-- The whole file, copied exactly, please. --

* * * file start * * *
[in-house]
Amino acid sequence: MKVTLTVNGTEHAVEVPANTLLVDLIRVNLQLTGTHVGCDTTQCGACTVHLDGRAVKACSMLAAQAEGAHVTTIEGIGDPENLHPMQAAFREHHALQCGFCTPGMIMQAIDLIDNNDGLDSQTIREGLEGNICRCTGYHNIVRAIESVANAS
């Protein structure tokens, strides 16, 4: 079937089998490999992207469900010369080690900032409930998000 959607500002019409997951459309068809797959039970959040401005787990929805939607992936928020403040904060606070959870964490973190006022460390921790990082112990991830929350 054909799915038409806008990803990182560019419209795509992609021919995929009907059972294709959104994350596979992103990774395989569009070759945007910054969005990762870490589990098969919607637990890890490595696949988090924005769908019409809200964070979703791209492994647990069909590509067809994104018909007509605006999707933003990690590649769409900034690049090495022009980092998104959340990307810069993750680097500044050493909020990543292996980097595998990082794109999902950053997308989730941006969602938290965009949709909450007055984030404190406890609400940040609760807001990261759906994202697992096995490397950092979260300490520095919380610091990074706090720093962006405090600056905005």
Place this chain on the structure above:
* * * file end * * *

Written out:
[in-house]
Amino acid sequence: MKVTLTVNGTEHAVEVPANTLLVDLIRVNLQLTGTHVGCDTTQCGACTVHLDGRAVKACSMLAAQAEGAHVTTIEGIGDPENLHPMQAAFREHHALQCGFCTPGMIMQAIDLIDNNDGLDSQTIREGLEGNICRCTGYHNIVRAIESVANAS
């Protein structure tokens, strides 16, 4: 079937089998490999992207469900010369080690900032409930998000 959607500002019409997951459309068809797959039970959040401005787990929805939607992936928020403040904060606070959870964490973190006022460390921790990082112990991830929350 054909799915038409806008990803990182560019419209795509992609021919995929009907059972294709959104994350596979992103990774395989569009070759945007910054969005990762870490589990098969919607637990890890490595696949988090924005769908019409809200964070979703791209492994647990069909590509067809994104018909007509605006999707933003990690590649769409900034690049090495022009980092998104959340990307810069993750680097500044050493909020990543292996980097595998990082794109999902950053997308989730941006969602938290965009949709909450007055984030404190406890609400940040609760807001990261759906994202697992096995490397950092979260300490520095919380610091990074706090720093962006405090600056905005």
Place this chain on the structure above: